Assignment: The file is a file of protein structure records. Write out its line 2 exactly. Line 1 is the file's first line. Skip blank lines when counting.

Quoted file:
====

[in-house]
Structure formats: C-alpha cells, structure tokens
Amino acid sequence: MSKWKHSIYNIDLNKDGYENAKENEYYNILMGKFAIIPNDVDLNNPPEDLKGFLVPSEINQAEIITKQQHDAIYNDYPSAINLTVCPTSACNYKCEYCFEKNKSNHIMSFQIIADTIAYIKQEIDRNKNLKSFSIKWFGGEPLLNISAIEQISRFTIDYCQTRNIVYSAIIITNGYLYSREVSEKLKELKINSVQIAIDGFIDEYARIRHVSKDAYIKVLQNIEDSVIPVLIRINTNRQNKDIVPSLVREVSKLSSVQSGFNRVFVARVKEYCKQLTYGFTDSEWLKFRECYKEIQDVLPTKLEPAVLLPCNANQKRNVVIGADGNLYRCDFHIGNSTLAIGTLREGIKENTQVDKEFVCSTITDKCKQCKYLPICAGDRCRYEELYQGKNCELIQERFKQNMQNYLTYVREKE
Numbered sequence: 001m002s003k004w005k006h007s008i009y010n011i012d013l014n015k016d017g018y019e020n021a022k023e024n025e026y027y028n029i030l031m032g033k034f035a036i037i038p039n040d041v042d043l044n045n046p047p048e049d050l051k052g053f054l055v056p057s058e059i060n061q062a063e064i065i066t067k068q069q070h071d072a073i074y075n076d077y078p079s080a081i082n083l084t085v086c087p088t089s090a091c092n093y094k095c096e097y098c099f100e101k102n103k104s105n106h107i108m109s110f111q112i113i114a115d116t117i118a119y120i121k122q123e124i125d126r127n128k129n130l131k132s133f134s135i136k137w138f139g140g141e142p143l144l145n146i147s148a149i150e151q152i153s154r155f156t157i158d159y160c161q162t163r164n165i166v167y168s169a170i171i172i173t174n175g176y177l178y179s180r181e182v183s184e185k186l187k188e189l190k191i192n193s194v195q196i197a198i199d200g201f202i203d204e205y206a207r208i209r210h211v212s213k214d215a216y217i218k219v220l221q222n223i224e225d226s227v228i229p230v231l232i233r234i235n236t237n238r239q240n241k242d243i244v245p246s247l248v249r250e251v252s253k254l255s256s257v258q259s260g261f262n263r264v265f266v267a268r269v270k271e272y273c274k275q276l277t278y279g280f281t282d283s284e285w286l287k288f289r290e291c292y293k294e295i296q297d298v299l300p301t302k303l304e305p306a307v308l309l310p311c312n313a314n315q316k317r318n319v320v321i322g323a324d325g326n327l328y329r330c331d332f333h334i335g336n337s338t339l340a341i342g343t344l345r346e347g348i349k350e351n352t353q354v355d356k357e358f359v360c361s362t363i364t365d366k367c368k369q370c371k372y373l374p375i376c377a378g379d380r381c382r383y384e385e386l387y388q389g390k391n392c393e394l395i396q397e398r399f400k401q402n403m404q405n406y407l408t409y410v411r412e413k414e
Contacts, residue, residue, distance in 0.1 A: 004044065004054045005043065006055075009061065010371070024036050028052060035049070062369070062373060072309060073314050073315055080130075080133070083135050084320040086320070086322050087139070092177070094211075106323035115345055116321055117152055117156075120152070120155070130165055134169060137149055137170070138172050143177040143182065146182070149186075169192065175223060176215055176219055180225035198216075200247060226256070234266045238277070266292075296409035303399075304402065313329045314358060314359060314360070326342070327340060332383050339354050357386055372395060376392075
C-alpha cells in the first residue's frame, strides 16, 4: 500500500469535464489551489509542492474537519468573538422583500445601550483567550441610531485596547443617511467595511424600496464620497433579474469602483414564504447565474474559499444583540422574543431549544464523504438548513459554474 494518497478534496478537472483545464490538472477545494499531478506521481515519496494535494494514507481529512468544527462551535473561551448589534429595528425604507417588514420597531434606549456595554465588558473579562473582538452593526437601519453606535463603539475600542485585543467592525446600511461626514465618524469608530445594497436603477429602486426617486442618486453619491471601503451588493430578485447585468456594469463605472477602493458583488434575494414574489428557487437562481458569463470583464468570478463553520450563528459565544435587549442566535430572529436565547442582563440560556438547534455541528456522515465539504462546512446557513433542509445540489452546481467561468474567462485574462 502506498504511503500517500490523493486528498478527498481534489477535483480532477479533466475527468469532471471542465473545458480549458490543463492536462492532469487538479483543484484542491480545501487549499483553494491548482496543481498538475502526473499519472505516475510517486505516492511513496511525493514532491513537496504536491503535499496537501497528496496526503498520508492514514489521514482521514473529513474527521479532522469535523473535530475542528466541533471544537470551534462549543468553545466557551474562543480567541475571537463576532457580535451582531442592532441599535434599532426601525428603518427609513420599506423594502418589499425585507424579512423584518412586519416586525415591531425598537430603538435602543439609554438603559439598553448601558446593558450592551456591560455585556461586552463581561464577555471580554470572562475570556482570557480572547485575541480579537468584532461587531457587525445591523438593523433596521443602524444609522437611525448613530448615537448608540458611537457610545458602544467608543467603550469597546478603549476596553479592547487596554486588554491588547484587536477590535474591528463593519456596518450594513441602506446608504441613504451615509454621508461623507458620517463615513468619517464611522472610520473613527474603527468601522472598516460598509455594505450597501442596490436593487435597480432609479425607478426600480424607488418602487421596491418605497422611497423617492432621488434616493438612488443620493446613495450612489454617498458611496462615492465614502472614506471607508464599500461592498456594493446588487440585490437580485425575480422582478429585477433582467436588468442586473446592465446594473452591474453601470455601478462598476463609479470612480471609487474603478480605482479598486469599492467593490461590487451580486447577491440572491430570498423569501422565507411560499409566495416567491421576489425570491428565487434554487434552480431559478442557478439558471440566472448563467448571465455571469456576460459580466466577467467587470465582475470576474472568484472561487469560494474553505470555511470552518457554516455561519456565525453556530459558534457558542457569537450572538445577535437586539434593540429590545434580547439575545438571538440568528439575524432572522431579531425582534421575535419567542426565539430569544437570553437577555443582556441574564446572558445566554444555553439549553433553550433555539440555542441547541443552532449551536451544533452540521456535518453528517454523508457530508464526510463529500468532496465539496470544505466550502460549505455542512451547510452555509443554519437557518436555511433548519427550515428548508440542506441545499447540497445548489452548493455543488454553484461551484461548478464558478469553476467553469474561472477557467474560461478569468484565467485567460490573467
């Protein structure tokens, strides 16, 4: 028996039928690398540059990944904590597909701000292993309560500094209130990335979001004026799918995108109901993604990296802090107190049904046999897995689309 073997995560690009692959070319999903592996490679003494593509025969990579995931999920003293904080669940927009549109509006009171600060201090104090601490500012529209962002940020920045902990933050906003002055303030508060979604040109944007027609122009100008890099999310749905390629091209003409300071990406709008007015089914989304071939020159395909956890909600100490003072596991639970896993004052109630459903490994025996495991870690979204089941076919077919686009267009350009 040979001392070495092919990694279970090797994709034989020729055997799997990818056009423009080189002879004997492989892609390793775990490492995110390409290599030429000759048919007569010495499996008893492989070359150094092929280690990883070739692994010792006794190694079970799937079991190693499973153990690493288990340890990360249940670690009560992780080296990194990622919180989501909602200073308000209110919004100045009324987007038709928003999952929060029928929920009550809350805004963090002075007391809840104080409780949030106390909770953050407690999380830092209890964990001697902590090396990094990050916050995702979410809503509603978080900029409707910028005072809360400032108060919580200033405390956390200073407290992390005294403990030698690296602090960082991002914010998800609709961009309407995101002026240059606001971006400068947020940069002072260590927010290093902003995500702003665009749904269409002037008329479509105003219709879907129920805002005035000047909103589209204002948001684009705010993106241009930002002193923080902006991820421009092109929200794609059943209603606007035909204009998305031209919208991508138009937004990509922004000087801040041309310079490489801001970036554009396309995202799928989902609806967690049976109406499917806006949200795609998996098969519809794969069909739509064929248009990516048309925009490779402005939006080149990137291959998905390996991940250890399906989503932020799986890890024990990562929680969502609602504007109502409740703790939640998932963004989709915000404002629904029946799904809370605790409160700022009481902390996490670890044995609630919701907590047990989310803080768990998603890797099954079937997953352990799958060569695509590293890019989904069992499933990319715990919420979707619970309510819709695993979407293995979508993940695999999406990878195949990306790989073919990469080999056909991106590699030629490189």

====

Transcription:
Structure formats: C-alpha cells, structure tokens